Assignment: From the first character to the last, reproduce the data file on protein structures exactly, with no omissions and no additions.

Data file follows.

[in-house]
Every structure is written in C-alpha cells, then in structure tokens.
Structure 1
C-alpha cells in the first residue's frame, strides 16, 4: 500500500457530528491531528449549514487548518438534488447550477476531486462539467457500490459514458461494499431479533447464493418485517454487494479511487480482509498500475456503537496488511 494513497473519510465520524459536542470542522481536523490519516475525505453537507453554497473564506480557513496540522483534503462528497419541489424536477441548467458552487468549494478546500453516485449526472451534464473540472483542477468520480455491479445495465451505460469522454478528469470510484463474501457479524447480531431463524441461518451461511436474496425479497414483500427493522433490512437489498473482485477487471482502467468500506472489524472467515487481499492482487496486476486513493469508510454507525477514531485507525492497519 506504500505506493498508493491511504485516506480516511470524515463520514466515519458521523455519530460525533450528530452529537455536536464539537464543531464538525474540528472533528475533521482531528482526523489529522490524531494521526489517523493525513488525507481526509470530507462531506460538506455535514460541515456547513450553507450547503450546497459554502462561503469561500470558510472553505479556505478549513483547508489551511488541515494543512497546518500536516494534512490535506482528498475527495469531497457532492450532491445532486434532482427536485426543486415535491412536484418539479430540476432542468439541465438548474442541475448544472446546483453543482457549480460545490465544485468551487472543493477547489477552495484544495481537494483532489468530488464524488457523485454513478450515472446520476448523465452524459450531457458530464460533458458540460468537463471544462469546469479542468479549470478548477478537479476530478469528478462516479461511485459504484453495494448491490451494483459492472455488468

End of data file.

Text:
[in-house]
Every structure is written in C-alpha cells, then in structure tokens.
Structure 1
C-alpha cells in the first residue's frame, strides 16, 4: 500500500457530528491531528449549514487548518438534488447550477476531486462539467457500490459514458461494499431479533447464493418485517454487494479511487480482509498500475456503537496488511 494513497473519510465520524459536542470542522481536523490519516475525505453537507453554497473564506480557513496540522483534503462528497419541489424536477441548467458552487468549494478546500453516485449526472451534464473540472483542477468520480455491479445495465451505460469522454478528469470510484463474501457479524447480531431463524441461518451461511436474496425479497414483500427493522433490512437489498473482485477487471482502467468500506472489524472467515487481499492482487496486476486513493469508510454507525477514531485507525492497519 506504500505506493498508493491511504485516506480516511470524515463520514466515519458521523455519530460525533450528530452529537455536536464539537464543531464538525474540528472533528475533521482531528482526523489529522490524531494521526489517523493525513488525507481526509470530507462531506460538506455535514460541515456547513450553507450547503450546497459554502462561503469561500470558510472553505479556505478549513483547508489551511488541515494543512497546518500536516494534512490535506482528498475527495469531497457532492450532491445532486434532482427536485426543486415535491412536484418539479430540476432542468439541465438548474442541475448544472446546483453543482457549480460545490465544485468551487472543493477547489477552495484544495481537494483532489468530488464524488457523485454513478450515472446520476448523465452524459450531457458530464460533458458540460468537463471544462469546469479542468479549470478548477478537479476530478469528478462516479461511485459504484453495494448491490451494483459492472455488468